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Adam Minter

Walmart-Greenpeace Battle Mostly Misses the Point

A dispute over recycling labels ignores far bigger environmental problems.

It’s not enough.

It’s not enough.

Photographer: Brent Lewin/Bloomberg

If a plastic Greek yogurt cup has a label that says it’s recyclable, is it actually recyclable?

The question isn’t just philosophical. Last month, the environmental group Greenpeace Inc. sued Walmart Inc., claiming that the recycling logos that the retailer stamps on certain packages are misleading. Specifically, it argued that single-use plastic yogurt cups are rarely if ever recyclable in California, and demanded that they stop being labeled as such. 

The lawsuit is probably going nowhere. But Walmart and its partners shouldn’t celebrate just yet. For too long, retailers have relied almost exclusively on “recyclability” as the measure of whether or not a product is environmentally sound. But a growing body of research (not to mention common sense) has shown that increased recyclability doesn’t necessarily lead to less waste, fewer emissions or improved human health. If Walmart — and Greenpeace — want to present the most sustainable options to consumers, they need to look at the bigger picture.

The logo at issue, the now-iconic emblem consisting of three spinning green arrows, was designed in 1970, just as municipal recycling programs were taking off. By the early 1990s, policy makers and activists had grown concerned that the label was being used to “greenwash” environmentally suspect products. In response, the Federal Trade Commission undertook a byzantine study of consumer and industry perceptions and created benchmarks to help decide what constituted a legitimate claim of “recyclability.” If fewer than 60% of a community’s residents had access to a recycling facility, for instance, then qualifications such as “may not be recyclable in your area” would have to be added to the label.

Enter Walmart. Its yogurt cups are made from a plastic that fewer and fewer recycling programs accept, since their primary market for selling it — China — barred the import of most such recyclables in 2019. So Walmart began stamping “Check Locally” in the space between the three arrows on these plastics. Just below the logo, in two-point font, it added: “Not Recycled in All Communities.” Walmart argues that the label is accurate and conforms to both federal and state specifications.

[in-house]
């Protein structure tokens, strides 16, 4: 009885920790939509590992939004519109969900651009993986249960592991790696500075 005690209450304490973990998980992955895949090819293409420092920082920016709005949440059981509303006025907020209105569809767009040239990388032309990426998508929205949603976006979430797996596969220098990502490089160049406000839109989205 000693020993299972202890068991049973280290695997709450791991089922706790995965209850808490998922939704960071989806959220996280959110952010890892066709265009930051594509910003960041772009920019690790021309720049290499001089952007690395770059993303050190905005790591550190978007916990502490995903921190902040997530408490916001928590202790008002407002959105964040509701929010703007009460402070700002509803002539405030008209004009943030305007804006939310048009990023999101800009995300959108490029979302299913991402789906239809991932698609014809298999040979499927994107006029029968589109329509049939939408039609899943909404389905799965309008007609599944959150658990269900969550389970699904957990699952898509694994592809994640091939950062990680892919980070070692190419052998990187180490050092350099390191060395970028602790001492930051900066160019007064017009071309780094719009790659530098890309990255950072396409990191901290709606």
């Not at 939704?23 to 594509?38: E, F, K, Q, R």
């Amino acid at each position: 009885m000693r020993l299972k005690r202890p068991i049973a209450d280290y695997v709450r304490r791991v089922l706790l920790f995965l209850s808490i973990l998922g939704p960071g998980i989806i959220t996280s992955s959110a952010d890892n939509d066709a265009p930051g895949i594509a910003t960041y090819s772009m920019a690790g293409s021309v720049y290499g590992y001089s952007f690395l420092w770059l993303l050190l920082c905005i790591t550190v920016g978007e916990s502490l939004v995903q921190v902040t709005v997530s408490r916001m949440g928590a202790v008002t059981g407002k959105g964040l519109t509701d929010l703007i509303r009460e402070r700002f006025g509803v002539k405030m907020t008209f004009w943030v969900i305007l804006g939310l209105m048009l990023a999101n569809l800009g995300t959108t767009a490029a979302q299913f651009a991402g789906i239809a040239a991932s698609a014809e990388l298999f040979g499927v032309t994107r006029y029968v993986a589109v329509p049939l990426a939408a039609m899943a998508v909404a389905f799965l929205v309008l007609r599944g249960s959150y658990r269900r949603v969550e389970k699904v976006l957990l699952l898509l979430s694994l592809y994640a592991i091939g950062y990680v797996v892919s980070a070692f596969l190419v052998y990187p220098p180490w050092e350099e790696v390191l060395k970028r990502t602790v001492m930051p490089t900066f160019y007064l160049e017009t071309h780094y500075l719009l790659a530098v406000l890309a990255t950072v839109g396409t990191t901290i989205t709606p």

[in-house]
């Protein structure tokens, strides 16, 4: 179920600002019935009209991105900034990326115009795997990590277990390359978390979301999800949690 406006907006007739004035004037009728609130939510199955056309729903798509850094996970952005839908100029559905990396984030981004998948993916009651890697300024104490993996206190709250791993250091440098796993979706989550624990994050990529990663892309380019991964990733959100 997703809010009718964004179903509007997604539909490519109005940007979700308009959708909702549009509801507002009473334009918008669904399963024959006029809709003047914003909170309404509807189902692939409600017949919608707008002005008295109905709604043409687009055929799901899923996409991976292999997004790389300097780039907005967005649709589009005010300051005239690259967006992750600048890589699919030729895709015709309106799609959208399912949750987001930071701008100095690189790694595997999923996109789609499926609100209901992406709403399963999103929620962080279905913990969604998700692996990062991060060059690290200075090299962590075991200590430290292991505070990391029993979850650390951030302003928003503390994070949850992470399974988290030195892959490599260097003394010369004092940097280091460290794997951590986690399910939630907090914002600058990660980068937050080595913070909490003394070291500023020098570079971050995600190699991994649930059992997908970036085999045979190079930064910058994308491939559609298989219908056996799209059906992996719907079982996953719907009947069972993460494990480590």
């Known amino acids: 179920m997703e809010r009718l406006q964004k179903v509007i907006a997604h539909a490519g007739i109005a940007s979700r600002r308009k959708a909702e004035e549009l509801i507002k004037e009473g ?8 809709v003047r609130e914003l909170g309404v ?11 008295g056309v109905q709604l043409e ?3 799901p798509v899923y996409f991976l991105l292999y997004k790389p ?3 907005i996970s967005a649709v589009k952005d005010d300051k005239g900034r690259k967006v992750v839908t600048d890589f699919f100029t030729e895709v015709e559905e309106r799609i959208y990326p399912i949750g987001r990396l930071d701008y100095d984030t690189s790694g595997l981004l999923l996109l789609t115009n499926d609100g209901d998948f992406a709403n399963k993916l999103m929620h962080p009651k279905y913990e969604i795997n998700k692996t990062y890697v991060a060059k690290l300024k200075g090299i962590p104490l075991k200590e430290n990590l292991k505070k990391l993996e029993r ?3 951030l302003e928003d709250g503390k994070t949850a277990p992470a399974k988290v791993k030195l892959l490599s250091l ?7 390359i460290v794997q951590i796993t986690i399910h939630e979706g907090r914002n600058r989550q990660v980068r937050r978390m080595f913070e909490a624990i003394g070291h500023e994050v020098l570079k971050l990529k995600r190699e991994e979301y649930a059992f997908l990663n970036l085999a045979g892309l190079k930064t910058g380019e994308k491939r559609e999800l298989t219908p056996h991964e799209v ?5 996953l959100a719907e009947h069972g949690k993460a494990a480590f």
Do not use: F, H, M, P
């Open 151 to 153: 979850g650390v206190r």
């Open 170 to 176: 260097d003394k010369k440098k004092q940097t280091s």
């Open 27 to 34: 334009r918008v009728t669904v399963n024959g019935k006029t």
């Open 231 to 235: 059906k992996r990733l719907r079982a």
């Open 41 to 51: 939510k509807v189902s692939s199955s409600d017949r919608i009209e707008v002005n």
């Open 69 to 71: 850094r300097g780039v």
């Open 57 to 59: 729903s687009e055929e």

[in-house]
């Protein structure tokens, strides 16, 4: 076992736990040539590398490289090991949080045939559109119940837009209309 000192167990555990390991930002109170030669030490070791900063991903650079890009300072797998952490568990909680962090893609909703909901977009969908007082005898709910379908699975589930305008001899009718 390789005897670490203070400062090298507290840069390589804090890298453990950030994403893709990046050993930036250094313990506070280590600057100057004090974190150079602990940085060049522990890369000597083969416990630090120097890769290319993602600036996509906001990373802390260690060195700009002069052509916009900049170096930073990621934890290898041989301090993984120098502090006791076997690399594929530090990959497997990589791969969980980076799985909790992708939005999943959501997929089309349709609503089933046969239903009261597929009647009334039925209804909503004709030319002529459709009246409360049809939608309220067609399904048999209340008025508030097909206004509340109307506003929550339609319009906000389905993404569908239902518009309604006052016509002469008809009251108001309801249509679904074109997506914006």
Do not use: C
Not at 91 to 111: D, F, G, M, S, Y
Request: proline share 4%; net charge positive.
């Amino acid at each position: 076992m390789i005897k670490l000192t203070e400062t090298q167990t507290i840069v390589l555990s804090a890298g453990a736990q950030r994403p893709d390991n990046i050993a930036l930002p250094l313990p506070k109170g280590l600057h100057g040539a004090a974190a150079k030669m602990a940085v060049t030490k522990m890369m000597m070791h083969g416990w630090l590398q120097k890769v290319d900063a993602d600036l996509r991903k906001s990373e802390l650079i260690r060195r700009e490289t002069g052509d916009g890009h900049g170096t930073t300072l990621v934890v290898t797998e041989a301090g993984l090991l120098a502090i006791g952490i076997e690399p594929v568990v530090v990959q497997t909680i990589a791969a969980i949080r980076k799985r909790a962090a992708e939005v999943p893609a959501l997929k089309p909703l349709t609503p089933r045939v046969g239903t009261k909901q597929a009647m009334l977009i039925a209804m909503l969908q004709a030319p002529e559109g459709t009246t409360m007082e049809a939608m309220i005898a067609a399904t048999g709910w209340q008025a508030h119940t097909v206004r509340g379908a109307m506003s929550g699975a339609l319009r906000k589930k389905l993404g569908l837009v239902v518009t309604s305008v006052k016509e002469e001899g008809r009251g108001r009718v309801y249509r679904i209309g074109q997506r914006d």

Greenpeace sued anyway, claiming the print is too fine, the message is confusing and the plastics in question simply aren’t recycled enough to qualify for the label. The group’s goal seems to be forcing Walmart, always image-conscious, to avoid bad press by using packaging that’s more recyclable.

Although well intentioned, it’s a misguided approach. Americans like to recycle, and their household refuse is essential to meeting the needs of manufacturers, especially during Covid. Plastics are part of that supply chain, and investment and innovation should expand the market for them over the next few years. Meanwhile, specialized facilities will still buy even the most difficult-to-recycle plastics. If Greenpeace succeeds in eliminating the logos, those cups won’t be available to the recyclers that still take them — they’ll simply be diverted to trash. Companies investing in new forms of recycling may think twice about whether they can count on yogurt cups as raw material. And government mandates that manufacturers use a specific percentage of recycled material in their products — California will require 15% recycled content in plastic bottles in 2022 — could become harder to achieve.

More important, simply demanding more recyclable packaging misses the point. A better approach would consider the impact of producing and transporting that packaging — not just disposing of it. In a now-classic study comparing the impacts of different coffee packages, researchers found that a recyclable steel can generated more than four times the greenhouse-gas emissions of an unrecyclable plastic brick pack over the course of its lifetime, and 4.5 times more solid waste by weight. Such results have been repeatedly validated in lifecycle studies of other products, including plastic bags, water bottles and smartphones.

That doesn’t mean recyclability is irrelevant, of course. But any honest assessment of sustainability should take these broader environmental effects into account. Retailers with in-house brands could start by assessing the climate impacts of their own packaging and revealing them to customers. As an example, Apple Inc. releases environmental reports for its devices and discloses the carbon emissions associated with each step of their lifespans. In a similar way, a “Total Carbon Used” label — perhaps with a QR code directing customers to a more detailed website — could spur Walmart and others to create packaging that’s truly sustainable, not just recyclable.

To be sure, that’s a much harder goal to achieve. But finding a greener way to package products will require activists and corporations alike to look beyond the recycling bin.